A popular narrative around the Apple Watch is that the product is already a failure, proof of the rudderless Ship Cupertino, doomed to sail into a post-Steve Jobs iceberg with Captain Cook at the helm. An example is the Apple troll site produced by Brian Hall, who recently posted a takedown of the Apple Watch. The centre of the narrative was that well-known Apple blogger John Gruber admitted in his podcast The Talk Show that he isn’t wearing his Apple Watch every day.
One challenge in measuring the success of the Apple Watch thus far is that Apple hasn’t been providing sales figures, something it made clear it wouldn’t be doing even before the Watch launched. That’s unique among the company’s major products — iPhone, iPad, Mac — for which Apple provides detailed sales statistics every quarter. Tim Cook made it clear that the information was too valuable at this stage to share; it would help competitors understand just how much success Apple was having and he’d rather keep his cards close for the time being. All Cook would offer in the most recently quarterly earnings call was this: “Sales of Apple Watch were also up sequentially and were ahead of our expectations.”
Imagine, for example, if Apple follows its past playbook and introduces an Apple Watch 2 at the same $349/$399 price as the current models. But as it did with iPad and currently does with iPhone, Apple keeps the first generation models around for lower prices, perhaps $249 and $299. That starts competing more directly with products like the $249 Fitbit Surge and might even get people looking at lower end Fitbits to give the Apple Watch a second look. Suddenly, Fitbit and Park could find themselves being dragged down from behind by the free safety they didn’t check for in their rear view.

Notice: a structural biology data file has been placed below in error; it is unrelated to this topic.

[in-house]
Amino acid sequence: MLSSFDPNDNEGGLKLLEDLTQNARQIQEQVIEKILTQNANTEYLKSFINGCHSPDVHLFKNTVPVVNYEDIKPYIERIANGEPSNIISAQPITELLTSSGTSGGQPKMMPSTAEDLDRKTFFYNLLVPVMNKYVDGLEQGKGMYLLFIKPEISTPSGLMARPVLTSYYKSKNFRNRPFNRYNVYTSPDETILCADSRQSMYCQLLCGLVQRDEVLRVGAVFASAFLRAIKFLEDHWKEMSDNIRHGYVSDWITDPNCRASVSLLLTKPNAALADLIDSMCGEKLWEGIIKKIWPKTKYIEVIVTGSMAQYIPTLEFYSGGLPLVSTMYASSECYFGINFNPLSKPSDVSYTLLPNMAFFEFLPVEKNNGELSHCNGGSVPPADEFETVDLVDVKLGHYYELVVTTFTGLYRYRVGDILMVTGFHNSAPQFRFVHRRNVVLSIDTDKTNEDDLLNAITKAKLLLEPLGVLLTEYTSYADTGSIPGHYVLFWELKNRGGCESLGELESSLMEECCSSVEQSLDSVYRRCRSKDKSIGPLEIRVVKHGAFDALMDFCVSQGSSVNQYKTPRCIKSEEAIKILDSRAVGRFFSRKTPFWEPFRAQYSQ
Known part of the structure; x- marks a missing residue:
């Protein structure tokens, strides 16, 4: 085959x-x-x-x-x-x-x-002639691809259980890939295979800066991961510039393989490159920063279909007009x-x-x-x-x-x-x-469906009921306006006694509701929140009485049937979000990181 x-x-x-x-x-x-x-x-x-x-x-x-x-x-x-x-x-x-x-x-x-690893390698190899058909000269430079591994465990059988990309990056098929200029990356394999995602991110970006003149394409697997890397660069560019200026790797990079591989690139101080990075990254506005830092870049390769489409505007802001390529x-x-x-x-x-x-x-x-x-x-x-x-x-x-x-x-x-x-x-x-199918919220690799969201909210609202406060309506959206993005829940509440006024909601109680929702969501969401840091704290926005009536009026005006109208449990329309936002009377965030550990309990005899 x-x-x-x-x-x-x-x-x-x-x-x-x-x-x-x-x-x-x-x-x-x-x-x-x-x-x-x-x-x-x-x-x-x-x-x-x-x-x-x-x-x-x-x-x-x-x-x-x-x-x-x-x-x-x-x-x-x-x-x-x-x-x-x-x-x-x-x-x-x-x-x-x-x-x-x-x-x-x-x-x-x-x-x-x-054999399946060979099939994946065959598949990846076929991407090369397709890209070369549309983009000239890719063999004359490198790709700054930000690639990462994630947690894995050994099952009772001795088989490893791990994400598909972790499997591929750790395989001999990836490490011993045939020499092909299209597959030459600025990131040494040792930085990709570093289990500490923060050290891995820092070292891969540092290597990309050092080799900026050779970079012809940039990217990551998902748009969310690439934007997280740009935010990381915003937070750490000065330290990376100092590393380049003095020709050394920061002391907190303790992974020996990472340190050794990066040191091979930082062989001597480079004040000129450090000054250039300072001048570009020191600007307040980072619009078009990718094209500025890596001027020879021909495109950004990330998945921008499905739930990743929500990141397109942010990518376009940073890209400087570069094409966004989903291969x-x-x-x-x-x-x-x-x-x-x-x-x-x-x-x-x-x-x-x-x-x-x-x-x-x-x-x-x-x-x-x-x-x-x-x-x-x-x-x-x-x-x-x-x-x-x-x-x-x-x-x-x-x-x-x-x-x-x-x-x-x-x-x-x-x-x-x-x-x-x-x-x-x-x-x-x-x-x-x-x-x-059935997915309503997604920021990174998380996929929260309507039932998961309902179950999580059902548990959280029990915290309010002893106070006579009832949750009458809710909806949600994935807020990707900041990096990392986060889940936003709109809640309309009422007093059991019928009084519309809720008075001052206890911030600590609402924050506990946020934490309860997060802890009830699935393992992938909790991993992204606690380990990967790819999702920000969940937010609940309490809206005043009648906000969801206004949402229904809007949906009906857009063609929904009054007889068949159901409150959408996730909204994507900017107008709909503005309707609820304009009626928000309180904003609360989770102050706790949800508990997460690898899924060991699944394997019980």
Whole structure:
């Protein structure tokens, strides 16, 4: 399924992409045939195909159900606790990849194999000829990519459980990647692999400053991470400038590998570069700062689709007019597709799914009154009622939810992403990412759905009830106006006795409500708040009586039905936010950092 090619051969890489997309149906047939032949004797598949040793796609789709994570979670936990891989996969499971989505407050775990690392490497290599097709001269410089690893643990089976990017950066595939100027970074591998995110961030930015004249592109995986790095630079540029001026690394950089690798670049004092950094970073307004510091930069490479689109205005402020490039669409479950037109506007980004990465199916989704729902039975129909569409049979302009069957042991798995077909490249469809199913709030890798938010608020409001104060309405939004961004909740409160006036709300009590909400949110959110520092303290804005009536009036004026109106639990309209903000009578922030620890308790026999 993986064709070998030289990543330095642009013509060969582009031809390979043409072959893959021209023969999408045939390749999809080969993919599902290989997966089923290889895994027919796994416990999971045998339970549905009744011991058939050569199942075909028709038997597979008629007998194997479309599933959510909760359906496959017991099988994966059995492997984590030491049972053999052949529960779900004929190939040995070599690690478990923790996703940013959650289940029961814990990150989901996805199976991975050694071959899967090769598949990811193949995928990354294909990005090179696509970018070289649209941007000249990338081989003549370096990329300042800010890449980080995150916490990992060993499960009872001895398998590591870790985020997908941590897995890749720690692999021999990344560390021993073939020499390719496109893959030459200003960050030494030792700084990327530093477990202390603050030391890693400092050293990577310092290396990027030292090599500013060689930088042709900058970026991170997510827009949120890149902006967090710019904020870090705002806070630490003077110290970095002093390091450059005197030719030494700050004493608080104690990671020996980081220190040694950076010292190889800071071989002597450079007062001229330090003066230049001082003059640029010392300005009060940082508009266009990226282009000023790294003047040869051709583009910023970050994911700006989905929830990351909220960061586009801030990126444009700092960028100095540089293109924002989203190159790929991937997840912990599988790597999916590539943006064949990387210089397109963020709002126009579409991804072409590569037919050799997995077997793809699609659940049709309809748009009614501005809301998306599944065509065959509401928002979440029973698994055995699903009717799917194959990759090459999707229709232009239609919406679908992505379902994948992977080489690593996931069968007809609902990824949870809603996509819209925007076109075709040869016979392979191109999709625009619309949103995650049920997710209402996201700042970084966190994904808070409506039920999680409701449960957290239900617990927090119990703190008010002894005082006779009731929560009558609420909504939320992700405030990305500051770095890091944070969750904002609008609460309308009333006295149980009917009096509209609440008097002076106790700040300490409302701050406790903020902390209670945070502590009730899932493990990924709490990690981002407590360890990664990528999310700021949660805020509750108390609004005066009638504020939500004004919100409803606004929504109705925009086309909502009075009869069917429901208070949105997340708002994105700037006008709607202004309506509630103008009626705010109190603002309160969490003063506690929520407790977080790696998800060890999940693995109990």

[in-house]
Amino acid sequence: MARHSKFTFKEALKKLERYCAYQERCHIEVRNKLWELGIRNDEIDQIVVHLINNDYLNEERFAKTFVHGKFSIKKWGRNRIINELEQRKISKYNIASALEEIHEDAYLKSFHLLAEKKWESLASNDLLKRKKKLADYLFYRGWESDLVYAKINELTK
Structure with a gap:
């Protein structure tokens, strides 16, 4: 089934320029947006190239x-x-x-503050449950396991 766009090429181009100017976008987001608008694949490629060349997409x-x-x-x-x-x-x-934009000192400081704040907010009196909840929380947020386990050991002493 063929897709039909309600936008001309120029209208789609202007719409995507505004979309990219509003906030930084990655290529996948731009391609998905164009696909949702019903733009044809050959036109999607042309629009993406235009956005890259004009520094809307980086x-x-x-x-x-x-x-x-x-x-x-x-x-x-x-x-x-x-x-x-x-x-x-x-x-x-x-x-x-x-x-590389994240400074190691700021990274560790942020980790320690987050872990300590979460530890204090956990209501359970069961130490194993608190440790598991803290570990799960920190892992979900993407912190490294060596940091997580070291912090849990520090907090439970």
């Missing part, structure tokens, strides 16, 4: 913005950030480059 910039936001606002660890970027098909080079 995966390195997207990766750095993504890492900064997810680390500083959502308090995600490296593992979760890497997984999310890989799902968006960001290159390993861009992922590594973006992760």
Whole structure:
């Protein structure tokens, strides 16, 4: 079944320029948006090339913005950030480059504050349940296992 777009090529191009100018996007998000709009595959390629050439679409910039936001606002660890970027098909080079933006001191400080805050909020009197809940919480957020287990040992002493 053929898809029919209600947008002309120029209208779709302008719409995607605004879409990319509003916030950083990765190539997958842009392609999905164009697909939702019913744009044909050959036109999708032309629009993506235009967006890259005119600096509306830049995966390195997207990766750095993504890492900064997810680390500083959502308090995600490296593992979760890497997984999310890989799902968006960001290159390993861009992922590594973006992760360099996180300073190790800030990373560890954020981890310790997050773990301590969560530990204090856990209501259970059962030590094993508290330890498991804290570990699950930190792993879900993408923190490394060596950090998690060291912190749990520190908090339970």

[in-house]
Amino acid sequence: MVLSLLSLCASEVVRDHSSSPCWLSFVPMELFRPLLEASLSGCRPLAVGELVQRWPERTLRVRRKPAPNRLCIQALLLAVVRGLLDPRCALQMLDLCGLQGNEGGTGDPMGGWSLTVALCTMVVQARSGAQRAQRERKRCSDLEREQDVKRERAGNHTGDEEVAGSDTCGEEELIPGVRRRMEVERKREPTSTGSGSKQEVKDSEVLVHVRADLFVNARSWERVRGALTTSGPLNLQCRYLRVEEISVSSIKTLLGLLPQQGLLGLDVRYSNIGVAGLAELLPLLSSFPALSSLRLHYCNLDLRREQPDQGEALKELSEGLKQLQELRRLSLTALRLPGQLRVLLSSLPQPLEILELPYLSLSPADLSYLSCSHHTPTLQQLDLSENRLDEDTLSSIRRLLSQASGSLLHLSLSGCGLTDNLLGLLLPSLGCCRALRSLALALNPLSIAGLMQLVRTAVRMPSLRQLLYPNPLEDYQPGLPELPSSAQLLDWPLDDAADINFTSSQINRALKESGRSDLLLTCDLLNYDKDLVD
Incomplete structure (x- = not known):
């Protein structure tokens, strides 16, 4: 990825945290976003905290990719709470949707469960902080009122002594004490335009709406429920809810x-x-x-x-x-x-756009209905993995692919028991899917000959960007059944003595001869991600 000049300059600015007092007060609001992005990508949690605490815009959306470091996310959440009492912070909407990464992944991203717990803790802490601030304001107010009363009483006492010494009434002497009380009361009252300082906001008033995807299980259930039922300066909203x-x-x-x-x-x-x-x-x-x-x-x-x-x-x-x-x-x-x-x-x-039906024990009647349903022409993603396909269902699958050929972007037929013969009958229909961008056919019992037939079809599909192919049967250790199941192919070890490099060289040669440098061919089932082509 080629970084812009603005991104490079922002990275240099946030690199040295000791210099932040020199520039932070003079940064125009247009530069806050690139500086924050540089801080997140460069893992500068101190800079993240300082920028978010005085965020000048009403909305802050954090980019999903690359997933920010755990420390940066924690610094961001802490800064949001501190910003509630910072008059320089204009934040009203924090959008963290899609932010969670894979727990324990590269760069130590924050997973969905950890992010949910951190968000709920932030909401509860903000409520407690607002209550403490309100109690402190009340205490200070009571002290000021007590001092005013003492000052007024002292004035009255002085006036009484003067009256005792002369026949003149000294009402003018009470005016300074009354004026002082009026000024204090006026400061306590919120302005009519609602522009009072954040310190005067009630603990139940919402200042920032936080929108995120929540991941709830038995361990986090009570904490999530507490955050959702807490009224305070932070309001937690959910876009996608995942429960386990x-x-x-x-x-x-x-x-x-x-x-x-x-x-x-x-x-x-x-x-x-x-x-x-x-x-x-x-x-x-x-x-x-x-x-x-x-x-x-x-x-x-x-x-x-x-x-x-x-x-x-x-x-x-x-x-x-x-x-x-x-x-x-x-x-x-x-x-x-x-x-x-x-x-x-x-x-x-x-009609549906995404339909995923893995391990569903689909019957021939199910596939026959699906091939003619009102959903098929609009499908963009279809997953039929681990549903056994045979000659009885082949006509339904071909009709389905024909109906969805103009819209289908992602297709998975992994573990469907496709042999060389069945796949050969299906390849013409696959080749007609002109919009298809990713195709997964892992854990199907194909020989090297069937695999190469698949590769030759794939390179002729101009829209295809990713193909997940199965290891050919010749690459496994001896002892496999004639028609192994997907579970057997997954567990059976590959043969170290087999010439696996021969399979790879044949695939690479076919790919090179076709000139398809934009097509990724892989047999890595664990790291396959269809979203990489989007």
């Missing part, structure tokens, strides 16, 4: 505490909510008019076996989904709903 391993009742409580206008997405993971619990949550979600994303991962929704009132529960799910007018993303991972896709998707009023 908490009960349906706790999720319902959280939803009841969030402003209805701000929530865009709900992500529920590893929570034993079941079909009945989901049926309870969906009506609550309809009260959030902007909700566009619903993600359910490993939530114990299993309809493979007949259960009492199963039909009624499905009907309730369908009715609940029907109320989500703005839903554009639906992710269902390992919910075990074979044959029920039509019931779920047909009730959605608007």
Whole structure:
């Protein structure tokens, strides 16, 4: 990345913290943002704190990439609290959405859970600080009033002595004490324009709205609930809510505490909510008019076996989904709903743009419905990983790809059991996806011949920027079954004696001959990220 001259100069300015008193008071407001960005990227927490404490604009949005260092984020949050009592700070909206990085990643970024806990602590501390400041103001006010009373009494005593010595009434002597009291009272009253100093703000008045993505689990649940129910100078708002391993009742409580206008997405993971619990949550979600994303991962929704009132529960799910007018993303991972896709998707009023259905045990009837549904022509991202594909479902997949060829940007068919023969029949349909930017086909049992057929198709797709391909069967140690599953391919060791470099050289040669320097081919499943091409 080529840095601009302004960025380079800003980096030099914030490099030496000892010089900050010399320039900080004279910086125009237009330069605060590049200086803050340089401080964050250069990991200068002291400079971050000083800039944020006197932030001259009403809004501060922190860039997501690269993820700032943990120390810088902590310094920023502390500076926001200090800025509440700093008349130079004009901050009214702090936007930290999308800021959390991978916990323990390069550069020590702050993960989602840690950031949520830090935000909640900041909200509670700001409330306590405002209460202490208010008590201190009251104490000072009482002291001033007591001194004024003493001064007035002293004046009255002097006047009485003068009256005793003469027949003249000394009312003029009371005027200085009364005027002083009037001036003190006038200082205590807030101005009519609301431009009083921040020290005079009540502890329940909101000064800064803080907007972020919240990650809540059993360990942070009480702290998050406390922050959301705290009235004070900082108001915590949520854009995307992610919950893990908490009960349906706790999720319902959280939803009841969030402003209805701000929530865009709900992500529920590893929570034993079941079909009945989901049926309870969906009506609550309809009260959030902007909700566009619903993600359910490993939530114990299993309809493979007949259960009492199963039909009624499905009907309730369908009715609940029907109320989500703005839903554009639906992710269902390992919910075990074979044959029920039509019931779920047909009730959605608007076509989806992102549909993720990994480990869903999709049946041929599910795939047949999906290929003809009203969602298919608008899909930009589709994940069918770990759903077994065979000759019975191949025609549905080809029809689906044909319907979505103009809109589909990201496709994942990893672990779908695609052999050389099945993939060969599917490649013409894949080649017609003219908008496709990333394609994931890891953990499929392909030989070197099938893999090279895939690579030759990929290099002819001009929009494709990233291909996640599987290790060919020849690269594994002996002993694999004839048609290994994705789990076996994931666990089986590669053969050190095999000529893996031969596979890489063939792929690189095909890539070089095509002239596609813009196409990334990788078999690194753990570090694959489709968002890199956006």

Still that’s next year. In the meantime, what doesn’t seem to be happening is much in the way of interesting competition from anyone else. Charles Arthur, the erstwhile technology editor of The Guardian, made an attempt to estimate sales of Android Wear — Google’s equivalent to the Apple Watch sold by a number of vendors — and concluded that despite a head start of more than a year, the total sold to date is below 2 million. Arthur suggests that might not be good for the smartwatch category and he has a point: Today, the Apple Watch is iPhone only and even in the U.S. — Apple’s biggest market by share — iPhones represent less than half of all smartphones in use.
IDC data suggests that only Xiaomi, which sells a fitness tracker mainly in China, has any meaningful share beyond Apple and Fitbit. It measured decent sales for Garmin and Samsung, but together those two are only selling about 1 in 15 wearables. (Notably, IDC thinks 3 in 10 wearables are sold by companies outside its top 5 vendors, suggesting a highly fragmented market that could still anoint new leaders, but also might further consolidate among early winners).
While we can’t say for certain that smart wearables are the next big thing, it’s a rather safe bet that the future isn’t one where you are asked to pay the full price again to turn them into old school timepieces. The designer Marc Newson, who came to work at Apple a year ago, having spent some time designing those traditional watches himself believes that Apple Watch indeed is the next big thing. He recently told the Australian Financial Review
“Look at the iPhone: It was a game-changing thing. And I believe that this product — for many, many reasons people are not aware of because they haven’t thought ahead or they just don’t know — will become a similarly game-changing thing. In five years time I have absolutely no doubt this will be right up there.”
Truly, this is a case where time will tell.